Hot Weather Hazards for Pets
Summer is here: Fun, sun, and plenty of time outdoors enjoying it all. Of course, with all those pleasantries come hazards as well, especially for our furry friends.
Have fun but let’s play it safe! Here are some important tips to keep everyone healthy and safe!
Everyone knows you shouldn’t leave a pet in a closed-up car, but is it really that dangerous? According to a report by the Department of Geosciences from San Francisco State University, temperatures rise rapidly in a closed car. Cracking the window doesn’t help at all.
When the temperature outside is 80°, inside a closed car it will get to 99° within 10 minutes, to 109°within 20 min and it just gets worse! It won’t take long for your pet to be in serious trouble.
NEVER leave your pet in the car, not even just to run in for a quick minute. Even a short delay could be deadly!
Pets can’t cool off as well as we do so they are much more prone to heat stroke. Take your walks in the early morning or late evening when it’s cooler for both of you.
If your pet is panting heavily, having trouble breathing, has a seizure, can’t walk straight, or collapses get to your veterinarian immediately. If symptoms are milder, you can wet him down at home with cool water (not cold). If using a hose run the water to let hot water out first. Apply the cool water to areas of thin skin, like his abdomen and groin, and limbs. You can also apply rubbing alcohol to the paw pads to help some of the heat evaporate. It is also important to note that sometimes when pets suffer from heat stroke, during the cooling process they can cool down too much, causing hypothermia.
If his panting doesn’t slow down within a short time, or if he develops any additional signs such as lethargy, vomiting, or diarrhea, take him to the vet immediately.
Provide a shaded area for your pet to stay outdoors as well as plenty of fresh water. Some dogs will dig holes to lie down in the cooler dirt. Remember, hot asphalt can burn your dog’s pads!
Dogs need life jackets just as much as people do. Some dogs aren’t great swimmers, and they can’t always make it back to shore. The jackets also come with a handy handle to help you haul your dog back into a boat or out of the water!
At the ocean, don’t let your dog drink the salt water. If your dog is caught in an undertow and goes out into the water, DO NOT go in to try to rescue him. Many dogs will be able to get back on their own and the risk of you drowning is too high.
Swimming pools can also be hazardous. Dogs that fall into them often can’t get out. Covers on pools can be a threat, as the dog doesn’t realize it’s not solid. My brother lost a dog that slipped under the cover and they didn’t realize it until it was too late. Get a pool alarm to alert you if something goes into the pool.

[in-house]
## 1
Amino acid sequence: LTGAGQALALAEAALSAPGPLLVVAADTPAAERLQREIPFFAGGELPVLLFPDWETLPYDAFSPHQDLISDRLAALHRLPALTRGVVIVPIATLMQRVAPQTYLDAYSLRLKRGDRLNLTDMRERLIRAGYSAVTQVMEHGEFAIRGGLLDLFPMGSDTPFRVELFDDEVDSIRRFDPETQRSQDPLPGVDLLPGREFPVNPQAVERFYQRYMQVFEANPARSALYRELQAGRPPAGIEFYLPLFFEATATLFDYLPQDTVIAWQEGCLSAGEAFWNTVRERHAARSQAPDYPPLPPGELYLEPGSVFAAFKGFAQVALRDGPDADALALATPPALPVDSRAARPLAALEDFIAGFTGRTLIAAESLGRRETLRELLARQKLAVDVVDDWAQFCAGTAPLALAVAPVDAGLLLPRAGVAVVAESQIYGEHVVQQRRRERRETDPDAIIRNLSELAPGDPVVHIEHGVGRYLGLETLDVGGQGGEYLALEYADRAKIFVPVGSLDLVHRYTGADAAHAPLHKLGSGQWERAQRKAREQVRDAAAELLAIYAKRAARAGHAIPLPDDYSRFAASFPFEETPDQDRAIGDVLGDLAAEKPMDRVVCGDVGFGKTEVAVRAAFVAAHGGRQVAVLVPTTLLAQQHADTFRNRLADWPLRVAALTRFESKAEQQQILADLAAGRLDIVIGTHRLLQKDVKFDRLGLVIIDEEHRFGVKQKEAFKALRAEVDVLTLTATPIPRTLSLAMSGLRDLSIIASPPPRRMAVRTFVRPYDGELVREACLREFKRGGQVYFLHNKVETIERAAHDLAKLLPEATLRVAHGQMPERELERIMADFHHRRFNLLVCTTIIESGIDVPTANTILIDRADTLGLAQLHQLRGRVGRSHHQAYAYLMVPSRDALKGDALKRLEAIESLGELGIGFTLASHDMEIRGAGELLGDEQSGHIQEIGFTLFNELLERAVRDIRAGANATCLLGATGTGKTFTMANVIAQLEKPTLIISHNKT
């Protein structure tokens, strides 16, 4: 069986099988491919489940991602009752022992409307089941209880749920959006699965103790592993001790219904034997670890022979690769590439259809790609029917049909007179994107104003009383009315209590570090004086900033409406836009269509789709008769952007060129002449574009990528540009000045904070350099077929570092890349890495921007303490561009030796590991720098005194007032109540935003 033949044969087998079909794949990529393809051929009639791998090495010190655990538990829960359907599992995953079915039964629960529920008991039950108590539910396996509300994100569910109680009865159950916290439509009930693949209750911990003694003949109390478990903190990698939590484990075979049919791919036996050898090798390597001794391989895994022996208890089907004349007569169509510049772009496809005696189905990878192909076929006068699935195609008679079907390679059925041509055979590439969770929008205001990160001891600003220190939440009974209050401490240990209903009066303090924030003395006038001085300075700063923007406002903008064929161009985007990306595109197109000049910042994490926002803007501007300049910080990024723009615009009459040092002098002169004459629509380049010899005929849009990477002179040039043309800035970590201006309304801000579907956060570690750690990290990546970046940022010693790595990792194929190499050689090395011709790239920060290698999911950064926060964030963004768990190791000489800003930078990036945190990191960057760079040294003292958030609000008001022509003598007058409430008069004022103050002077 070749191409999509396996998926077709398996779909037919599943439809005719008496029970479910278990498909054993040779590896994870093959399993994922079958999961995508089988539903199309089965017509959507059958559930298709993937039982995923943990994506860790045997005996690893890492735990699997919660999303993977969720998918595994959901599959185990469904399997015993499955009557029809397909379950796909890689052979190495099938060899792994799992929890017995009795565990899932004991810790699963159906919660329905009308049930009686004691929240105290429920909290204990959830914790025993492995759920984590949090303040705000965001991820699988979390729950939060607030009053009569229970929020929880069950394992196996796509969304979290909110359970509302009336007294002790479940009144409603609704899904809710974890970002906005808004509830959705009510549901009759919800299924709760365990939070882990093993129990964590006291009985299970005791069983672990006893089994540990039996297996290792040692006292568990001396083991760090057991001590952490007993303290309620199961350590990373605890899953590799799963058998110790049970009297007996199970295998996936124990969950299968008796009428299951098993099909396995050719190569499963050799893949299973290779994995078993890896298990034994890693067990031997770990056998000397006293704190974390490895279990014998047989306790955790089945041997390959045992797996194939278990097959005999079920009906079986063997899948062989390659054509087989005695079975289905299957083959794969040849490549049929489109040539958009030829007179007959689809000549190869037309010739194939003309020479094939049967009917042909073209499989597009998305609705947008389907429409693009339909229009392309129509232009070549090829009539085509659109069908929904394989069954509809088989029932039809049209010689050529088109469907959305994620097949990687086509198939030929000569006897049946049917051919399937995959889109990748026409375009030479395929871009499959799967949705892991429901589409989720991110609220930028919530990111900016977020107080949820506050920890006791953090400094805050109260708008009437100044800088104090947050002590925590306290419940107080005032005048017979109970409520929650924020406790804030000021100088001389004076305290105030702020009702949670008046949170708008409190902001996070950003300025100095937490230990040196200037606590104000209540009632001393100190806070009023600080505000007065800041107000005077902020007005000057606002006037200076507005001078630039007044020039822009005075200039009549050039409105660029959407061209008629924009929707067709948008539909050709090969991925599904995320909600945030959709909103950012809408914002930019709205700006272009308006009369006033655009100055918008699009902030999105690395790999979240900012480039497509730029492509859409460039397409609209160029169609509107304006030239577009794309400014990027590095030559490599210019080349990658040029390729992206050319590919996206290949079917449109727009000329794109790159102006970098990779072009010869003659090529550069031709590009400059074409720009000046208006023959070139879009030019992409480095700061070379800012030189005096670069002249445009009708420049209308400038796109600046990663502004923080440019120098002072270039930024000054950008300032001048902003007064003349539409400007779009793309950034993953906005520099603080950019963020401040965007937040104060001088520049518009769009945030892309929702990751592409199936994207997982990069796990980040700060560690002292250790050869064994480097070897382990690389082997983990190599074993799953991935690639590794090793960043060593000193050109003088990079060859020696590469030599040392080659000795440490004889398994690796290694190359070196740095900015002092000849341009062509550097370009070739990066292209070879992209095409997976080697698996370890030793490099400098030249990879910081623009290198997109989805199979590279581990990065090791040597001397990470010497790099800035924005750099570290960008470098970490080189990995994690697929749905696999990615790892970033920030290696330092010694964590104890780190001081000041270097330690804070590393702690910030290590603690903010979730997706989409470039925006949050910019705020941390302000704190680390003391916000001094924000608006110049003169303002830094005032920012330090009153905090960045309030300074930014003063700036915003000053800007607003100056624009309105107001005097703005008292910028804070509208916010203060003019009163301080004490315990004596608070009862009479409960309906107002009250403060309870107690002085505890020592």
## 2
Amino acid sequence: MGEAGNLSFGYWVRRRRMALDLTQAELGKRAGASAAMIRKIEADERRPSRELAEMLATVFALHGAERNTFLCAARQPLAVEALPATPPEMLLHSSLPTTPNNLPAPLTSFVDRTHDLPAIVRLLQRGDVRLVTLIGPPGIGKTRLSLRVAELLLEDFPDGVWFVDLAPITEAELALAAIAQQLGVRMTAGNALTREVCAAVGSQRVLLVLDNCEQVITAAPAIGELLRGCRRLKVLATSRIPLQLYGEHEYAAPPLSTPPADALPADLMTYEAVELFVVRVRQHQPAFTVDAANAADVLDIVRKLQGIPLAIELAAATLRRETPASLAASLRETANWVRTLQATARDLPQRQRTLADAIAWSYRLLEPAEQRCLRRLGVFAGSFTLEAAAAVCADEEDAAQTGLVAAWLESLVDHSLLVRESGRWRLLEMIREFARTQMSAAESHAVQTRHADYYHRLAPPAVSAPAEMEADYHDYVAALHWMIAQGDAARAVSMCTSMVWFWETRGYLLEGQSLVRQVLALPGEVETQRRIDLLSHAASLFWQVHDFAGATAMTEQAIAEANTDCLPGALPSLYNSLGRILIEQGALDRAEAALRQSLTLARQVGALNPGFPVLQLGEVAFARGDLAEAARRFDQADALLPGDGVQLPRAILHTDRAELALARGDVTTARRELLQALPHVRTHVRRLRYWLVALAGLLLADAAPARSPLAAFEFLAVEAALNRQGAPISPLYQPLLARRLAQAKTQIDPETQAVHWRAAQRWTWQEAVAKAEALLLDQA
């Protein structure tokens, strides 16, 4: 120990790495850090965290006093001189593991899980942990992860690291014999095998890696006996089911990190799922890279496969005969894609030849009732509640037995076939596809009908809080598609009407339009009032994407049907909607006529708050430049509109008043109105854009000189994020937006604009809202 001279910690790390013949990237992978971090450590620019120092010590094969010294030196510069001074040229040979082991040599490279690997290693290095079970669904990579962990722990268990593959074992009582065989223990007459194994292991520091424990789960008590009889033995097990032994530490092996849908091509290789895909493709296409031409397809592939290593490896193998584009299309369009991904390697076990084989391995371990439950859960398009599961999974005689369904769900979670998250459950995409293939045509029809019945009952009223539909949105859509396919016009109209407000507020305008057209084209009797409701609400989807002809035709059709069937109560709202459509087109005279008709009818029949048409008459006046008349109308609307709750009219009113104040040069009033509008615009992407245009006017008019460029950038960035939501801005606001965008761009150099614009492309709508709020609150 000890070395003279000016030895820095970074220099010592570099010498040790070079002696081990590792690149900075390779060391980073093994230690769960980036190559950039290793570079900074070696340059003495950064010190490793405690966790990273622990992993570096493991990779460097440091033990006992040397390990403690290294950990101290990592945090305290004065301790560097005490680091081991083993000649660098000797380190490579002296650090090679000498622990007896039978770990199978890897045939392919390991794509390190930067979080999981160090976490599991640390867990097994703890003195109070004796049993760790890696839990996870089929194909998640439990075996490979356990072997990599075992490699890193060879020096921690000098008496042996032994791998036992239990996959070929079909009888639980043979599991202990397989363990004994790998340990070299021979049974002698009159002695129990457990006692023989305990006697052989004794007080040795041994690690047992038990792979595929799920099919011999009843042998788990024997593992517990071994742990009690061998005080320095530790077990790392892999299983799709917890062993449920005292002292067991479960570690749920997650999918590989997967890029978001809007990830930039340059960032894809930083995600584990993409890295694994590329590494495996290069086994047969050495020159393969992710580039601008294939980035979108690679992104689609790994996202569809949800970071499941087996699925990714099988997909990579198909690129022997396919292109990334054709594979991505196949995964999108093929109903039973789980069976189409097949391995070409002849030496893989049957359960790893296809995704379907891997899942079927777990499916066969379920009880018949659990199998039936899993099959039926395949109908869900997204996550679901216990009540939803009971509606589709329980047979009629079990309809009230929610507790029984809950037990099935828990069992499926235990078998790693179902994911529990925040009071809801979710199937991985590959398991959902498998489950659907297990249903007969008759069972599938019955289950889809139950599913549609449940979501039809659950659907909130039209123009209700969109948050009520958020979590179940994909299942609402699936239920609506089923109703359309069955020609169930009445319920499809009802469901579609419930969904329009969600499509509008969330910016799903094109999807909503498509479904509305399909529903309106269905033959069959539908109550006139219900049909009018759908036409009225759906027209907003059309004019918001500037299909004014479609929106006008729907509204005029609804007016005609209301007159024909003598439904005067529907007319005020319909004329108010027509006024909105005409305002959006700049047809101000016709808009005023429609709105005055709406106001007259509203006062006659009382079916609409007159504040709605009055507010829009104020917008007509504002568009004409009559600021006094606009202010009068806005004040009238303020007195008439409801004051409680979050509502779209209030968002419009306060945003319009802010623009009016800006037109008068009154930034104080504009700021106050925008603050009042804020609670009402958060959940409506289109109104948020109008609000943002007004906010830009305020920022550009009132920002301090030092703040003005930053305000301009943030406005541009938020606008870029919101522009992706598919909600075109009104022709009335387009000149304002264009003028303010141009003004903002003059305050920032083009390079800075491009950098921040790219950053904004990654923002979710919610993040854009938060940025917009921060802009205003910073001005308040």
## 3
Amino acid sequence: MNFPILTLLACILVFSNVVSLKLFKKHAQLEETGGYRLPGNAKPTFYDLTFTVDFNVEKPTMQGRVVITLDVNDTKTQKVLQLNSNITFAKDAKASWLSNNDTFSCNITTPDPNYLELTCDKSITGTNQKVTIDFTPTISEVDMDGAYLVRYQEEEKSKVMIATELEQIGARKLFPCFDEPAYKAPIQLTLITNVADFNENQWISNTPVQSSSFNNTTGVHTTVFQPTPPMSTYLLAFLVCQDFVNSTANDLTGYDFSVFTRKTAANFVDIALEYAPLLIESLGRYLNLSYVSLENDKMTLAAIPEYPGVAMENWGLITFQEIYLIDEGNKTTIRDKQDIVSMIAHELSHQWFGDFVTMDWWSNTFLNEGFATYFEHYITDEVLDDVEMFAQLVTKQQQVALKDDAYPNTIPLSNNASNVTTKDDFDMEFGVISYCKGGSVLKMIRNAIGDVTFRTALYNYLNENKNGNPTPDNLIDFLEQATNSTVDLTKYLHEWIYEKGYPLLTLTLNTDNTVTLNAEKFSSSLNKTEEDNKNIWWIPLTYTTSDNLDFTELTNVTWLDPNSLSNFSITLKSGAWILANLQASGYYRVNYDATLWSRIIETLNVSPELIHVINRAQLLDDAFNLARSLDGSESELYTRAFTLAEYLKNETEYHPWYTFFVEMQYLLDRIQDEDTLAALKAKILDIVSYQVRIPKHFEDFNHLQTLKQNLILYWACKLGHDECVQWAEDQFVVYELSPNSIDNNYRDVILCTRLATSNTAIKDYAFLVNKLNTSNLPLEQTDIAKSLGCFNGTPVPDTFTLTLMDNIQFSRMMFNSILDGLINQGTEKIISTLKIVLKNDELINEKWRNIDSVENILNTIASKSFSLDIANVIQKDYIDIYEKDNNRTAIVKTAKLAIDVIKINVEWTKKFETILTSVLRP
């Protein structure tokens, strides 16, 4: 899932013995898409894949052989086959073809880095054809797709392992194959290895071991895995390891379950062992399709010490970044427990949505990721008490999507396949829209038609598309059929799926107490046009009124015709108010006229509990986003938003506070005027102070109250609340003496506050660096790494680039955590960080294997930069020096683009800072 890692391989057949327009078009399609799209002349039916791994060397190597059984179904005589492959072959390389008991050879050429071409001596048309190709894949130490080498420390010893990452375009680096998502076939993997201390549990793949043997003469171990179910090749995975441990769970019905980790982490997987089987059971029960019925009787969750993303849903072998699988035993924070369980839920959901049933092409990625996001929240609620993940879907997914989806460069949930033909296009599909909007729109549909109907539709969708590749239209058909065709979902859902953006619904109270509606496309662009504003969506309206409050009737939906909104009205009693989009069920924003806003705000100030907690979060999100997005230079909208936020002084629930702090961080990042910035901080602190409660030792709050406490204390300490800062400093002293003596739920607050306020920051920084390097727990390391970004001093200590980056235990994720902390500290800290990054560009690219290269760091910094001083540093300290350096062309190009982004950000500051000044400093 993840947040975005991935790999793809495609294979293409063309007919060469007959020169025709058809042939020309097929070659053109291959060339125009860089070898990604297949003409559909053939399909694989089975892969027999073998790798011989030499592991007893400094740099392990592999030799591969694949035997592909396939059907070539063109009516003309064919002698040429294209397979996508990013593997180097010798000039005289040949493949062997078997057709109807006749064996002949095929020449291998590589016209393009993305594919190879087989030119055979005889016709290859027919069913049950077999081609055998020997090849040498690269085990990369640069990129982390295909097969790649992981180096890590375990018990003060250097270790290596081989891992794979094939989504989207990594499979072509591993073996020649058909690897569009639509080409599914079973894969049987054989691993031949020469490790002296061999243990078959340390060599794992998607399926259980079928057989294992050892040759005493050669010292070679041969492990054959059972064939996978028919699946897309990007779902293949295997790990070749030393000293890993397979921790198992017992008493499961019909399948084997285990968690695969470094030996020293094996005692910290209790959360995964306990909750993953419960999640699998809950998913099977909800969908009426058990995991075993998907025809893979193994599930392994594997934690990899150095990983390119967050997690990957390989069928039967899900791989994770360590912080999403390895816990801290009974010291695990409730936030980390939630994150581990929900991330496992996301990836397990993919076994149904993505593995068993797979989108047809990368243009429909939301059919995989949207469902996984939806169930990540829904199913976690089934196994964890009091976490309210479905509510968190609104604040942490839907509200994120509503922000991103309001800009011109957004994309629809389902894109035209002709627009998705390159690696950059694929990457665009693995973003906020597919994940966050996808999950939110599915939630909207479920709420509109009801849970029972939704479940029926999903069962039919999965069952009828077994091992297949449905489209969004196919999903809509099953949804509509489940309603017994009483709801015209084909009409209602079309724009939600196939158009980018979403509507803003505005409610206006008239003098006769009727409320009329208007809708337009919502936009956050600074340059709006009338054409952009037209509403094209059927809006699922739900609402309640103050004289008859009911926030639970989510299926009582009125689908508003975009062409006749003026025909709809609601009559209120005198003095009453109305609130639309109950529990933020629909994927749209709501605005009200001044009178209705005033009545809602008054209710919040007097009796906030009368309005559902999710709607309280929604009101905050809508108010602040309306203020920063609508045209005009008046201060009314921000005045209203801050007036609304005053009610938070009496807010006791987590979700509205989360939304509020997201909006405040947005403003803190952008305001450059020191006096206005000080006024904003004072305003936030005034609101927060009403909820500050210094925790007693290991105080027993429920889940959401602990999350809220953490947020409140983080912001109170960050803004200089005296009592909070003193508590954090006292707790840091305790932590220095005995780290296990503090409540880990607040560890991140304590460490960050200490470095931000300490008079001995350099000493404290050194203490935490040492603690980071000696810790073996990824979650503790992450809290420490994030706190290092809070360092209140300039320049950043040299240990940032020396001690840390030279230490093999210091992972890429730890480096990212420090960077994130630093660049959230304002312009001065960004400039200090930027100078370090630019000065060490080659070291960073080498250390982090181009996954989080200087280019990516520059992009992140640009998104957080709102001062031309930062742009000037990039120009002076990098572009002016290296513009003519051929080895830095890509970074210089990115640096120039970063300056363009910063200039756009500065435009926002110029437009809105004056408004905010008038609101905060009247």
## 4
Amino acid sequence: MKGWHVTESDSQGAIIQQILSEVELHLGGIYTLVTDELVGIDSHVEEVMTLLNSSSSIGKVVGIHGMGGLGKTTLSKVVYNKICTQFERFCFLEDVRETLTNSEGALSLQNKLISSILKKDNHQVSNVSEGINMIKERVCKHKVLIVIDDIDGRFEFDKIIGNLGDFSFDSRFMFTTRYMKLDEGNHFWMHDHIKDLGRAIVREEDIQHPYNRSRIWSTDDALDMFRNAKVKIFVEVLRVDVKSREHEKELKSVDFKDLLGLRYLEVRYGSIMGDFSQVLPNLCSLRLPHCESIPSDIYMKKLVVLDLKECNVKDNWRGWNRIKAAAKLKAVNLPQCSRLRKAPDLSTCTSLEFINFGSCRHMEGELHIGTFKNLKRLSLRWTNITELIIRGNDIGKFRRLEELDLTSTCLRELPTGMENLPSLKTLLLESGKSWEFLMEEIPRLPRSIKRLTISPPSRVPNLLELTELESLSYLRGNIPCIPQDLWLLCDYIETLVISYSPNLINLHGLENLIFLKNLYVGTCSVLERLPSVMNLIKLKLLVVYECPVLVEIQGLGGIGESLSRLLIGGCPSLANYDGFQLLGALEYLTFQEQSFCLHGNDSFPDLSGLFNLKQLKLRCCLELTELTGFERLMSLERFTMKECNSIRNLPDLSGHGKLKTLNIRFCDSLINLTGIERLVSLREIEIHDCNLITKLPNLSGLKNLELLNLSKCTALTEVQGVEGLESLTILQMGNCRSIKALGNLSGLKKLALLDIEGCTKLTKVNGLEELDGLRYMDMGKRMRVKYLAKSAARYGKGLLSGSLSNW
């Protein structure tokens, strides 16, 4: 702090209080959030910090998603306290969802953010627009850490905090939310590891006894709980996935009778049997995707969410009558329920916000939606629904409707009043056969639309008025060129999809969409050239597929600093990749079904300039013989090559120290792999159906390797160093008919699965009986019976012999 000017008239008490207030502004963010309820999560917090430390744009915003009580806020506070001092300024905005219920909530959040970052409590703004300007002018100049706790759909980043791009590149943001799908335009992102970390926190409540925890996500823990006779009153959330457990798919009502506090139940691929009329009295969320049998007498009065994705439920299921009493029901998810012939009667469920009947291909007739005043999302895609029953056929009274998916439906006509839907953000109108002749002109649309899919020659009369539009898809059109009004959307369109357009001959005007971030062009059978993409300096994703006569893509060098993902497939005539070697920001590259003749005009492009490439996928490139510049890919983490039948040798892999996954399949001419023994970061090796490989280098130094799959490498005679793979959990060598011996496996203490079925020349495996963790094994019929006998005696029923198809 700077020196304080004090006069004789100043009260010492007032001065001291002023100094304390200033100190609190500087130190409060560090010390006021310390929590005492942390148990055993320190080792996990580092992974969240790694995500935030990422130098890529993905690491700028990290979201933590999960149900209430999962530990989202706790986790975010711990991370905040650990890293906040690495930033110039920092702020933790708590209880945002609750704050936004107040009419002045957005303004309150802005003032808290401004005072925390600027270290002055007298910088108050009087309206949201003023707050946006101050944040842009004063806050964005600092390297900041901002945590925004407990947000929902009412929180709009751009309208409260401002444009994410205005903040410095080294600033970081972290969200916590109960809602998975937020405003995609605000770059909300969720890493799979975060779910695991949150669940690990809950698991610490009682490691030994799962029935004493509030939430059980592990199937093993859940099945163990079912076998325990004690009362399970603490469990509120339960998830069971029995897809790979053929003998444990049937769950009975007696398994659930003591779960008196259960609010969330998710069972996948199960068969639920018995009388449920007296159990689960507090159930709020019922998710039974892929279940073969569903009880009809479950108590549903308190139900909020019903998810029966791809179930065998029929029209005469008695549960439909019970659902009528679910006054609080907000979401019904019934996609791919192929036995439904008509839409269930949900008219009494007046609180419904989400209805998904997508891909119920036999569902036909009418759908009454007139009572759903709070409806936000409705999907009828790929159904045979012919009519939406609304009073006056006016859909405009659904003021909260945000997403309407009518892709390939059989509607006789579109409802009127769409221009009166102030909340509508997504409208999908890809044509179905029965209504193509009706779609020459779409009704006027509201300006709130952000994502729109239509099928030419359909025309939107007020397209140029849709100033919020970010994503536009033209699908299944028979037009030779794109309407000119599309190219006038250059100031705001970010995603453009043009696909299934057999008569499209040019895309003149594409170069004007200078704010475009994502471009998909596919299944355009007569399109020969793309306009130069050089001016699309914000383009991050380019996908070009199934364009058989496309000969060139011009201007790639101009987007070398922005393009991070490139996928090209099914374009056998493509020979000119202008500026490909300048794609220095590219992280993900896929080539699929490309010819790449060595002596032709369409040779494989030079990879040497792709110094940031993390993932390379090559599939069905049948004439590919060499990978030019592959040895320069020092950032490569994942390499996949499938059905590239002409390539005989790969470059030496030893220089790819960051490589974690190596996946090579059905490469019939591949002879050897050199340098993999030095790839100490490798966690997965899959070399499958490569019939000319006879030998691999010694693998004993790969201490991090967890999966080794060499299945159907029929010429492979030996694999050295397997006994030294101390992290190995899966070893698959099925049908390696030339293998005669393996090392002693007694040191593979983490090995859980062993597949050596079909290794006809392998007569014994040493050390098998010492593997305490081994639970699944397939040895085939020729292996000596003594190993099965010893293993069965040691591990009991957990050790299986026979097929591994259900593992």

Chemicals used on lawns can be poisonous to our pets. Wash your pet’s paws after being outside if they may have walked on treated lawns. Car chemicals can be a problem, especially antifreeze. Clean up any spills promptly and thoroughly.
Many plants are poisonous, especially lilies, and they poison cats more than dogs. Poisons used to kill rodents, slugs and snails can be deadly to your pet. Keep all of them out of reach from curious pets.
This isn’t just for humans! Light colored pets, especially those with pink noses, are at risk of sunburn as well as skin cancer. If your pet is spending time outdoors, protect the thin coated, non-pigmented areas. Use a pet sunscreen that is safe if your pet licks it. Make sure the product is safe for cats.
This happens to cats (rarely dogs) that fall out of windows. It usually occurs during warm weather. People in apartment buildings have windows open and the cat lies in the window pushing against the screen. They could also jump at a bug on the screen. The screen gives way and the cat goes flying out the window!
The extent of the injury depends on the distance the cat falls. Higher than six or seven floors is actually better.
Cats will often survive that height with few serious injuries due to their ability to flatten their body to work like a parachute. They need the distance to position themselves correctly and to slow down.
The cure for this is to make screens secure or keep cats away from an open window.
Mosquitoes are so annoying! Pets don’t usually get the itchy bumps we do; however, some pets will react to the bites. Cats can develop a crusty area over the nose that looks quite nasty and you wouldn’t think it was due to mosquito bites. It’s an allergic reaction and the cat isn’t necessarily bitten on the nose.
Mosquitoes also spread heartworms to dogs and cats. There are repellants safe for pets; however, the best option is to keep cats indoors. Treat all your pets regularly with a heartworm preventive medicine even if they stay indoors.
Fleas and ticks come marching out in full force during warm weather. Protect your pets every month. You should treat year-round in most parts of the country. Ask your veterinarian what she recommends.
Have fun during the summer but take precautions to keep your pets safe. Make sure your pets have microchips to identify them in case they get lost and that they are up to date on their rabies vaccination.
This is especially important if you are traveling with your pets. I have found more than one lost dog by my house that was visiting from out of town. The animal control officer said it was quite common for visiting dogs to get lost.
Cats are much less likely to encounter many of these hazards. They rarely go for car rides, usually don’t like to swim and don’t play hard in hot weather. They take it easy and stay where it’s cool.
However, dog parents need to be careful. You can avoid most problems with just a few simple steps. Our pets count on us to keep them safe!
All articles are reviewed and maintained by whiskerDocs team of veterinary experts.